Marketers work with advertising professionals to determine how ads should look, where they should be placed, and when the advertising should begin. The look and message of an ad are researched by employees in advertising and marketing to make sure that the ad effectively interests the targeted audience. Timing of advertising is extremely important to the success of a marketing strategy as well; launching an advertising campaign too early may create interest well before the product is available. In such cases, by the time the product is released, the public may no longer be interested.
Research usually starts long before a product is developed. Since competition is often intense, marketing department personnel go to work compiling data about similar products in the marketplace. If there is some chance that a product will sell well enough to cover initial expenses, the cost to manufacture and launch the new product is determined. The price of the product to consumers will then equal the overall cost of production plus the desired profit.
The marketing department is also responsible for developing a distribution plan for products. If a product is expected to sell well to a certain group, for example, then marketing professionals must decide how to deliver to members of that group based on when and where they shop. Large companies often handle sales and distribution from inside the company, while smaller companies may sell through wholesalers, who supply retail stores with products from many different manufacturers.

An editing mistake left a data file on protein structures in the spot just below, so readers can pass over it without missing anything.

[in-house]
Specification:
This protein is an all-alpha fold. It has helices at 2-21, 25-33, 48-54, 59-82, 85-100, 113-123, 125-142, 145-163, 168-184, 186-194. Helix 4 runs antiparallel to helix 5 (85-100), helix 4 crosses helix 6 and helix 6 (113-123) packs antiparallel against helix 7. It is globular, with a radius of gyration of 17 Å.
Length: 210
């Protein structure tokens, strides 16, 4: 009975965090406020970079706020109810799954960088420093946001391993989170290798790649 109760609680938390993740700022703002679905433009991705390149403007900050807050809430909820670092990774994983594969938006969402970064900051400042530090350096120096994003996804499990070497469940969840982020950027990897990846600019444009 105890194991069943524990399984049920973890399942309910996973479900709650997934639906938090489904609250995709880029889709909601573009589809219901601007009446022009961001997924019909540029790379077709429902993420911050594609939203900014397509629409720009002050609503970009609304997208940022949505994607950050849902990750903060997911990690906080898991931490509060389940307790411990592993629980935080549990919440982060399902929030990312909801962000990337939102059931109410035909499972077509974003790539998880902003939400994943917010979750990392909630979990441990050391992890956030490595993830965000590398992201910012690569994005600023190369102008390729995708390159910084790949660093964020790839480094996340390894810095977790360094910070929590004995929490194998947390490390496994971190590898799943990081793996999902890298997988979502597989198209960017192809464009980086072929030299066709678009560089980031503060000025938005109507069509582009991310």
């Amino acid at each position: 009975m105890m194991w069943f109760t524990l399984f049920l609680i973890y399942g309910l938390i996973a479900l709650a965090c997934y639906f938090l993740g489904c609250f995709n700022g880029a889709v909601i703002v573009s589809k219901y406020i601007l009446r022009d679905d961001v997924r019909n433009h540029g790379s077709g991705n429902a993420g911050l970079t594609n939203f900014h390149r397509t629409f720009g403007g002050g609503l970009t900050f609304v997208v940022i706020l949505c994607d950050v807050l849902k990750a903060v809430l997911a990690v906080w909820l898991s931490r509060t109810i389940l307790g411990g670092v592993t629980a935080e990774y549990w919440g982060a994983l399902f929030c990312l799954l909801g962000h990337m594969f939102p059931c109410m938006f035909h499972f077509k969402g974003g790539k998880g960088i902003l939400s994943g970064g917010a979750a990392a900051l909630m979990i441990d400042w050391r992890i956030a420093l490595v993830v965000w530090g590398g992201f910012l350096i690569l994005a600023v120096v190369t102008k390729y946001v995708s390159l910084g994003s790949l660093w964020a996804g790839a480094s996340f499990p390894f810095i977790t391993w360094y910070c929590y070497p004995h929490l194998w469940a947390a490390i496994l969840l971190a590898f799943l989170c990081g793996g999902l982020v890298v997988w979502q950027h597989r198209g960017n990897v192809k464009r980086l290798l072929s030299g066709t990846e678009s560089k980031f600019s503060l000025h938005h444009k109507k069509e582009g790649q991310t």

Once markets are evaluated and merchandise is designed, the actual production begins. The marketing department’s work, however, is not yet done. Along with the public relations department, marketing professionals contact members of the press with the aim of getting product information out to the public.
The failure rate for new products is very high. Once a product is released, marketers evaluate sales and look for ways to make improvements in features and designs. Package research studies show how a product looks on the shelf. Designers explore new color combinations, more appealing shapes, interesting patterns, and new materials. If problems can be easily corrected, a company may decide to launch an improved version of the product. If, however, the target audience is not being reached or is not interested, the company might redesign the product or the advertising or discontinue production altogether.
Although it is not an exact science, marketing uses a scientific and statistical approach in answering a client company’s questions about selling a product to the public. The advertising aspect of a marketing campaign must get attention, arouse interest, secure belief, create desire, and stir action. Beauty, comfort, convenience, and quality are the promises that sell all kinds of products, from consumables to cars.